posted by drpynchon at 11:14 AM on December 8, 2010

And if I'm nudging the pricepoint up, why not get an entry-level DSLR?

As somebody who loves, loves, loves her Xsi DSLR, what kind of concerts are you going to?

Because having a camera the size of even a DSLR with a nifty-fifty is going to make it hard up front as most rock/indie/pop shows. Plus, most of the show venues that I know don't like cameras. They'll turn a blind eye towards a cameraphone or a small pocket camera, but an SLR is a no-go unless you have credentials or are with the band.
posted by joyceanmachine at 11:15 AM on December 8, 2010

Response by poster: Good point, joyceanmachine. Presently, I go to local shows where no one cares about cameras, and some bigger places where they seem pretty lax (though that could be because everyone who has a camera has something smaller than DSLR).

I happened to talk to a music photographer at a recent show in LA, and he talked to me about becoming a music photographer and getting a photographer pass for shows. I don't plan on becoming a professional photographer, but that talk clicked, and I loved the idea of getting that access with a proper camera.

I've thought about getting something smaller like the S95, but if it won't be much better than my SD850 IS in terms of capturing live shows, why spend the money? Thus the quandary.
posted by filthy light thief at 11:40 AM on December 8, 2010

FYI, these were taken with the S90 hand held at ISO 1600. Aperture was anywhere from 2.0 to 6.3 and shutter speed was normally at 1/60th of a second.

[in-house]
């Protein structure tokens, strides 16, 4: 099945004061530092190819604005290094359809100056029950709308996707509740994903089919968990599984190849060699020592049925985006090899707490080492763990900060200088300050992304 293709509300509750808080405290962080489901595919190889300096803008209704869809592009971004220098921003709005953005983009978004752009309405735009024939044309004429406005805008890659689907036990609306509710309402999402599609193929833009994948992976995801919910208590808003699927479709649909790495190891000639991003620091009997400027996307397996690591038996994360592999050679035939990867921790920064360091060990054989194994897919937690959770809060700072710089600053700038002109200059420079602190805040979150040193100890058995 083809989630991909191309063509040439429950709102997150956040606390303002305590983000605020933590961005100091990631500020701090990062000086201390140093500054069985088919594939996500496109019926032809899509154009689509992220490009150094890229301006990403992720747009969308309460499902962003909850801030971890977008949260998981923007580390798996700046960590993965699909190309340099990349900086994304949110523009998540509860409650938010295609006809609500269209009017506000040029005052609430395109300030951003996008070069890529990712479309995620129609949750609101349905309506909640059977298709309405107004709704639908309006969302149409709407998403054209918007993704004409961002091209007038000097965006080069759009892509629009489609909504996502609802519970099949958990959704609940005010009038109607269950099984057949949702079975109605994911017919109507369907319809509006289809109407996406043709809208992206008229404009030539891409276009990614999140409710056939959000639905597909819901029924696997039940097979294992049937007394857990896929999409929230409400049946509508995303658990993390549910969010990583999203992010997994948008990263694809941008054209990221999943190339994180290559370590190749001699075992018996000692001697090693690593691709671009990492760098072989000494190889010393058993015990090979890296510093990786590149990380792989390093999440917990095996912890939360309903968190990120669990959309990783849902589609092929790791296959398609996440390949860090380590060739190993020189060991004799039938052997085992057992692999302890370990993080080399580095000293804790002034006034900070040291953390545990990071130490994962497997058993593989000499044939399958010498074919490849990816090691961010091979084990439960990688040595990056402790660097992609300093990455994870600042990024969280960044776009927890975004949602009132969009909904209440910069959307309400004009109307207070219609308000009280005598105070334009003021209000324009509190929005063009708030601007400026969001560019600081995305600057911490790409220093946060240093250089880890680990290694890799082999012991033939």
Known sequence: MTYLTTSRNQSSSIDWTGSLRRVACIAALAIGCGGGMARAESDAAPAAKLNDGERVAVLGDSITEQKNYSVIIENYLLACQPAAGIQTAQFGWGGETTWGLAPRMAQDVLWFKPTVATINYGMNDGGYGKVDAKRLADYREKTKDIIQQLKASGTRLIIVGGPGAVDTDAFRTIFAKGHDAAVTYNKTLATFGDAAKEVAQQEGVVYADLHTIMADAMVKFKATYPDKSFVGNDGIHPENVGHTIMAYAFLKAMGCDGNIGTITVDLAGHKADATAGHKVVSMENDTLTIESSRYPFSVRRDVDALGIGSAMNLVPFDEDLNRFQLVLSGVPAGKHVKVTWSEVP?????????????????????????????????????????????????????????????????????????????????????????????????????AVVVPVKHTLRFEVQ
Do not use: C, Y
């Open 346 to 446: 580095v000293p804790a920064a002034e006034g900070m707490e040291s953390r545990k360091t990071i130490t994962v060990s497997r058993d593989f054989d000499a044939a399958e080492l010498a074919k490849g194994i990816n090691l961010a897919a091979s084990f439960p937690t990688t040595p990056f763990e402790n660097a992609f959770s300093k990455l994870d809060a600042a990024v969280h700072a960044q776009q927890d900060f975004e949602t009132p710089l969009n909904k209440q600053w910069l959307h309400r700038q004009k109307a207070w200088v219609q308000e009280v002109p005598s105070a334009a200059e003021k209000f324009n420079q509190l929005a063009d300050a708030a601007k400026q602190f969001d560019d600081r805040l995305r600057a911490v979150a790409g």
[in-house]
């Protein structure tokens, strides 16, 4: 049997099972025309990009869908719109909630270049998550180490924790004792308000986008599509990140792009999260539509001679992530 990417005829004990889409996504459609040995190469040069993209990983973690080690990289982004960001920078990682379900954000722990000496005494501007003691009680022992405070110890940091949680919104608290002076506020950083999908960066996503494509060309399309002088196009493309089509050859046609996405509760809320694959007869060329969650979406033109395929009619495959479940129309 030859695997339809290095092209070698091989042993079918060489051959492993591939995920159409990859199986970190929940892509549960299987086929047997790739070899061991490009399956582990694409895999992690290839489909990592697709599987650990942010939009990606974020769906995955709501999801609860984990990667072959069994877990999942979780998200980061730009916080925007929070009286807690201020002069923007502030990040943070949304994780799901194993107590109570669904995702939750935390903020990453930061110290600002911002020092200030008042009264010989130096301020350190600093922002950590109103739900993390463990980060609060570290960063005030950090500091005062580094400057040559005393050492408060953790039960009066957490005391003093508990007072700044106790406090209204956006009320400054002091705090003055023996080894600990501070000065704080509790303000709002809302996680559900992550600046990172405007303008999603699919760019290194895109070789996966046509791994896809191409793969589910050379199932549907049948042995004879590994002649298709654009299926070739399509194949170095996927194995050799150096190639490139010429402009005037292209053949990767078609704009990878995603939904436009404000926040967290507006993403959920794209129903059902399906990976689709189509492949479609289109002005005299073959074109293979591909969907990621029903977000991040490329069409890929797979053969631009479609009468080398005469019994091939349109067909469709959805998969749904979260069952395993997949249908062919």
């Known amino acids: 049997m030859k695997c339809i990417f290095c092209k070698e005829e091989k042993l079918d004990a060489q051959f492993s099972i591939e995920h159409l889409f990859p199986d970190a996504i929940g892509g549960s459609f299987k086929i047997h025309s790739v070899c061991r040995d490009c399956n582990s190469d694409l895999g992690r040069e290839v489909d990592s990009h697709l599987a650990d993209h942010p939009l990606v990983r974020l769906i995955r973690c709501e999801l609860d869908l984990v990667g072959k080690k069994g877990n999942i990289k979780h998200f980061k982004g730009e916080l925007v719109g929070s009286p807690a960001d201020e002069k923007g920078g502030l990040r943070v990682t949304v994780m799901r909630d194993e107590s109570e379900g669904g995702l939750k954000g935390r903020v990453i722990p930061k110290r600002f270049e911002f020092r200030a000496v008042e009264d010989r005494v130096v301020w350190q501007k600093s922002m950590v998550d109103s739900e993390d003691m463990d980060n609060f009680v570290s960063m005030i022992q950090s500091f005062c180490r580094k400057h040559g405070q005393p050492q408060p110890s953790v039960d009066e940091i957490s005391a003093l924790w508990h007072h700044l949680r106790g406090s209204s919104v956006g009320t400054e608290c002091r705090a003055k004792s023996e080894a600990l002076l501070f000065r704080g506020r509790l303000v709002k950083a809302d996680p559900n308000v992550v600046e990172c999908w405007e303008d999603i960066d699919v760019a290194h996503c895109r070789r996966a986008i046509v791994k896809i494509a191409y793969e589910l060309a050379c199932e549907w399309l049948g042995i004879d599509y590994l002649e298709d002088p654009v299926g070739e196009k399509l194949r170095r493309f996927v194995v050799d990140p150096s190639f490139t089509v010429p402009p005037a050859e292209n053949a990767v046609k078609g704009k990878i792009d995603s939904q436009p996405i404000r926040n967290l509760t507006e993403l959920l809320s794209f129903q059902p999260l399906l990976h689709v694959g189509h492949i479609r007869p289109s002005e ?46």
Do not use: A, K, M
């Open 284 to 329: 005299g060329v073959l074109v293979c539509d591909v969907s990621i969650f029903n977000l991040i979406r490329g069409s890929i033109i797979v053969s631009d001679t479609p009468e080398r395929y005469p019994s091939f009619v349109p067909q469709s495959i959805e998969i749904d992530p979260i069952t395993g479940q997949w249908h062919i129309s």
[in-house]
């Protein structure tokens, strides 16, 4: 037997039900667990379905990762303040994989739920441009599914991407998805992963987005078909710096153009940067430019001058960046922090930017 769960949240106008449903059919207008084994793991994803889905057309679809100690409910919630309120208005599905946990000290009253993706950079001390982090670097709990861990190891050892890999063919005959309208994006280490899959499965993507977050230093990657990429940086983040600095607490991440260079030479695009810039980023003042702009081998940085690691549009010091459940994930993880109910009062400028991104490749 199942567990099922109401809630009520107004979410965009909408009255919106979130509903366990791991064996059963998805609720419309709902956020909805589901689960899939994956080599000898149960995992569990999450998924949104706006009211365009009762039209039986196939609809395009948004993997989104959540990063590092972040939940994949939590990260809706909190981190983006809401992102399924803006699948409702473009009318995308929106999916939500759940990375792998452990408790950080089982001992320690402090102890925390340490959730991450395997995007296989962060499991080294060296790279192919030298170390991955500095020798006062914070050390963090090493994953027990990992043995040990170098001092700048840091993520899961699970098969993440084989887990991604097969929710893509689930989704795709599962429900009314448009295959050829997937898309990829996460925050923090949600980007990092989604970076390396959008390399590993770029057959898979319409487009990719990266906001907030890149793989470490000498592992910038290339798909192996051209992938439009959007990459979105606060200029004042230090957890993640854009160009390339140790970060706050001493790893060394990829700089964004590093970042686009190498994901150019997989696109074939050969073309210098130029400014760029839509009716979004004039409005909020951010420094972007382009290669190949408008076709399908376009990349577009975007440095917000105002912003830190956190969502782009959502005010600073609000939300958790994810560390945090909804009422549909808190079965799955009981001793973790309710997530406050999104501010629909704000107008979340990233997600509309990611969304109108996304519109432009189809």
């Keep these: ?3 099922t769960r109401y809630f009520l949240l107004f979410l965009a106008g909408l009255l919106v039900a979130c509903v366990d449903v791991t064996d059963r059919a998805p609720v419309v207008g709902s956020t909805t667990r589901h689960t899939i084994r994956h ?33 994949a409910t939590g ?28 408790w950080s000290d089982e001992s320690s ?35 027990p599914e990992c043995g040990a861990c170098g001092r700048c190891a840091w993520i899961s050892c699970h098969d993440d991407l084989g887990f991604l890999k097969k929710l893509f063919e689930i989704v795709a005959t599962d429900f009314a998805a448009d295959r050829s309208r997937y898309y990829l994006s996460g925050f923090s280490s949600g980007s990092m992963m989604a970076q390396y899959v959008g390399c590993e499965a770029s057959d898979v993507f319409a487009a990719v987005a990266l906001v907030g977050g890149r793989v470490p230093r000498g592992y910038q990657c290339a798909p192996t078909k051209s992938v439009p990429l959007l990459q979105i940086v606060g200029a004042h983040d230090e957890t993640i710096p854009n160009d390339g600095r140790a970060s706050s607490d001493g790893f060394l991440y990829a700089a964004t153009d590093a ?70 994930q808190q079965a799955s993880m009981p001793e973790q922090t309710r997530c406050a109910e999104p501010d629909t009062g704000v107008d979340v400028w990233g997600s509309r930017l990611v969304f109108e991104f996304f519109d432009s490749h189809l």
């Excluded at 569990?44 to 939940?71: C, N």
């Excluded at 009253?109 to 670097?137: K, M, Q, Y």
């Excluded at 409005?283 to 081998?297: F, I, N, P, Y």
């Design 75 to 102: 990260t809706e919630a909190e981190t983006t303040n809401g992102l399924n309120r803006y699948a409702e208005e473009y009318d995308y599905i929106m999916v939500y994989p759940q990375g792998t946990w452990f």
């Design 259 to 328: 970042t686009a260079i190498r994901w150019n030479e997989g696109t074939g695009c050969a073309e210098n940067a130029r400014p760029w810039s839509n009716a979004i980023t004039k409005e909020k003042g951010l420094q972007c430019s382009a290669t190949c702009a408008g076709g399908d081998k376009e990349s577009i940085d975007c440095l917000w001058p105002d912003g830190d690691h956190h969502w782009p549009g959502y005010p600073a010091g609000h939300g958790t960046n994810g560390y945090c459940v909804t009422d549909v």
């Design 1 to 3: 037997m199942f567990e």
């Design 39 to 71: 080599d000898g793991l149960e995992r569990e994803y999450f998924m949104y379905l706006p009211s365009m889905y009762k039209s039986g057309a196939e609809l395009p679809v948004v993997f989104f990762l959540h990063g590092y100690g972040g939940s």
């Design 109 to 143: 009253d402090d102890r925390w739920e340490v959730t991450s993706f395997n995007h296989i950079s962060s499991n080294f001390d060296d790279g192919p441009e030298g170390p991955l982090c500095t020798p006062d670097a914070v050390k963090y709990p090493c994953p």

If you go with the S95, know that the Canon Software that comes with the camera is essential for getting the best noise reduction/sharpness in pics when shooting RAW.

You should always be shooting RAW if your camera has that capability.
posted by inviolable at 11:45 AM on December 8, 2010

What kind of clubs? You say 'dark conditions', and my experience is that small point-and-shoot cameras just can't cut it in dark clubs. Bigger places with big lighting rigs, maybe. But for a dark club you need fast lenses (f/1.8 or faster, ideally) and a camera that's going to take pictures, not pointellist paintings, at ISOs higher than 1600. Usually low-noise means bigger sensors, which means DSLR.

But it also depends on what kinds of photos you want. If you're happy with blurry, or want to use flash for a slow-curtain flash effect (bleh), then something in the lower end will suffice. If you want those crisp, sharp photos of performers with real colors (i.e. not flash), then higher-end is recommended.

And I suppose it varies from place to place, but I've never had a problem with my DSLR in big clubs or small ones. It can get annoying actually, b/c so many people go to shows around here with them, so that the front row is all people with big cameras (I tend to stick to the sides of the stage, to not be rude, plus the best angles are on the sides anyway).
posted by statolith at 12:08 PM on December 8, 2010

Oh, and yes, RAW is best. Most of my concert photos were taken in dark clubs, shot RAW, and with some form of Nikon DSLR -- starting with a D70, then upgraded to a D300, then D7000. Mostly with the 50/1.8 lens, sometimes with a 30/1.4. (I hope it's okay to self-link that here, as an example?) I'm not a pro, though I do occasionally shoot for local publications for a modest fee, but around here, there is almost never a photo pit or any photographer area, it's just a free-for-all.
posted by statolith at 12:20 PM on December 8, 2010

Oops, sorry. Managed to hit tab by mistake, then the spacebar posted my comment by mistake.

Anyway - i was saying.

You will not get adequate performance from anything other than a DSLR with fast glass. Everything else is getting by. I've been doing this for several years now. An S95 will probably be a bit better than your current camera, but we're talking about a few percent. A cropped-sensor DSLR will be a lot better, and a high-ISO full-frame DSLR like the Nikon D3S will just blow every expectation away. But they're way beyond your price range.